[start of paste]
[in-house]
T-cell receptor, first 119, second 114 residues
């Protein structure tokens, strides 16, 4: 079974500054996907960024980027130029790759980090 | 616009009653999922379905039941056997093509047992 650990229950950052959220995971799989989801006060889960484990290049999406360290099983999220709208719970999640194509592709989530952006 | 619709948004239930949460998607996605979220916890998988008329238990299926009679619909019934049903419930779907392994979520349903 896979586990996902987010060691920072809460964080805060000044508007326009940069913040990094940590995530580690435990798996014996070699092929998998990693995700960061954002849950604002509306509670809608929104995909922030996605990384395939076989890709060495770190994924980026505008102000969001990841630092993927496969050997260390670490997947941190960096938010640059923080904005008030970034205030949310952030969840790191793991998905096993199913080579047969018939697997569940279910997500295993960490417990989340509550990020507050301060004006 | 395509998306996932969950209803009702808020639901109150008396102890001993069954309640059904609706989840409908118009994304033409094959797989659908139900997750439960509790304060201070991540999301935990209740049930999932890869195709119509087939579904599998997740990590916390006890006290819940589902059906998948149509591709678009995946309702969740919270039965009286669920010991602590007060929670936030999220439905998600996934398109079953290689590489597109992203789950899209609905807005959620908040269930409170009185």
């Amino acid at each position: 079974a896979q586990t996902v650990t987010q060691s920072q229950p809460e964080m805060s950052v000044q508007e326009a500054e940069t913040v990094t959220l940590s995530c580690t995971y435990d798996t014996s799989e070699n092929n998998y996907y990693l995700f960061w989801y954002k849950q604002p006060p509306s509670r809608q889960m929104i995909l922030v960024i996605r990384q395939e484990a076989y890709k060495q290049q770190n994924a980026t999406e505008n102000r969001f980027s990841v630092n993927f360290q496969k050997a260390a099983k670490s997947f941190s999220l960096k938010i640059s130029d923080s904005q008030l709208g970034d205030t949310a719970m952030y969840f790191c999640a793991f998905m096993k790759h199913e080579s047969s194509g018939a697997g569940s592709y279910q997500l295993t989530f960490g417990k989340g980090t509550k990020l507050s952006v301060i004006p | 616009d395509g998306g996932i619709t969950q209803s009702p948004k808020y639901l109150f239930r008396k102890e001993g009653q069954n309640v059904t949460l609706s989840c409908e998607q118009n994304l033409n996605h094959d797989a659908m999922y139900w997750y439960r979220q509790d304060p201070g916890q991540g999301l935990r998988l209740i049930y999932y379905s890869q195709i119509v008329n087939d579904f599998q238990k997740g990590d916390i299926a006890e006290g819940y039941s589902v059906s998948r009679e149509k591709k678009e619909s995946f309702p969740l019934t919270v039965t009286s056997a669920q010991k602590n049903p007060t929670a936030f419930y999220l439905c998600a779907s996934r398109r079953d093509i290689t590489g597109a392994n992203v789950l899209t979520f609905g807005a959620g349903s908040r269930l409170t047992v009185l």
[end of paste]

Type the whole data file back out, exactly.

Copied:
[in-house]
T-cell receptor, first 119, second 114 residues
């Protein structure tokens, strides 16, 4: 079974500054996907960024980027130029790759980090 | 616009009653999922379905039941056997093509047992 650990229950950052959220995971799989989801006060889960484990290049999406360290099983999220709208719970999640194509592709989530952006 | 619709948004239930949460998607996605979220916890998988008329238990299926009679619909019934049903419930779907392994979520349903 896979586990996902987010060691920072809460964080805060000044508007326009940069913040990094940590995530580690435990798996014996070699092929998998990693995700960061954002849950604002509306509670809608929104995909922030996605990384395939076989890709060495770190994924980026505008102000969001990841630092993927496969050997260390670490997947941190960096938010640059923080904005008030970034205030949310952030969840790191793991998905096993199913080579047969018939697997569940279910997500295993960490417990989340509550990020507050301060004006 | 395509998306996932969950209803009702808020639901109150008396102890001993069954309640059904609706989840409908118009994304033409094959797989659908139900997750439960509790304060201070991540999301935990209740049930999932890869195709119509087939579904599998997740990590916390006890006290819940589902059906998948149509591709678009995946309702969740919270039965009286669920010991602590007060929670936030999220439905998600996934398109079953290689590489597109992203789950899209609905807005959620908040269930409170009185």
């Amino acid at each position: 079974a896979q586990t996902v650990t987010q060691s920072q229950p809460e964080m805060s950052v000044q508007e326009a500054e940069t913040v990094t959220l940590s995530c580690t995971y435990d798996t014996s799989e070699n092929n998998y996907y990693l995700f960061w989801y954002k849950q604002p006060p509306s509670r809608q889960m929104i995909l922030v960024i996605r990384q395939e484990a076989y890709k060495q290049q770190n994924a980026t999406e505008n102000r969001f980027s990841v630092n993927f360290q496969k050997a260390a099983k670490s997947f941190s999220l960096k938010i640059s130029d923080s904005q008030l709208g970034d205030t949310a719970m952030y969840f790191c999640a793991f998905m096993k790759h199913e080579s047969s194509g018939a697997g569940s592709y279910q997500l295993t989530f960490g417990k989340g980090t509550k990020l507050s952006v301060i004006p | 616009d395509g998306g996932i619709t969950q209803s009702p948004k808020y639901l109150f239930r008396k102890e001993g009653q069954n309640v059904t949460l609706s989840c409908e998607q118009n994304l033409n996605h094959d797989a659908m999922y139900w997750y439960r979220q509790d304060p201070g916890q991540g999301l935990r998988l209740i049930y999932y379905s890869q195709i119509v008329n087939d579904f599998q238990k997740g990590d916390i299926a006890e006290g819940y039941s589902v059906s998948r009679e149509k591709k678009e619909s995946f309702p969740l019934t919270v039965t009286s056997a669920q010991k602590n049903p007060t929670a936030f419930y999220l439905c998600a779907s996934r398109r079953d093509i290689t590489g597109a392994n992203v789950l899209t979520f609905g807005a959620g349903s908040r269930l409170t047992v009185l």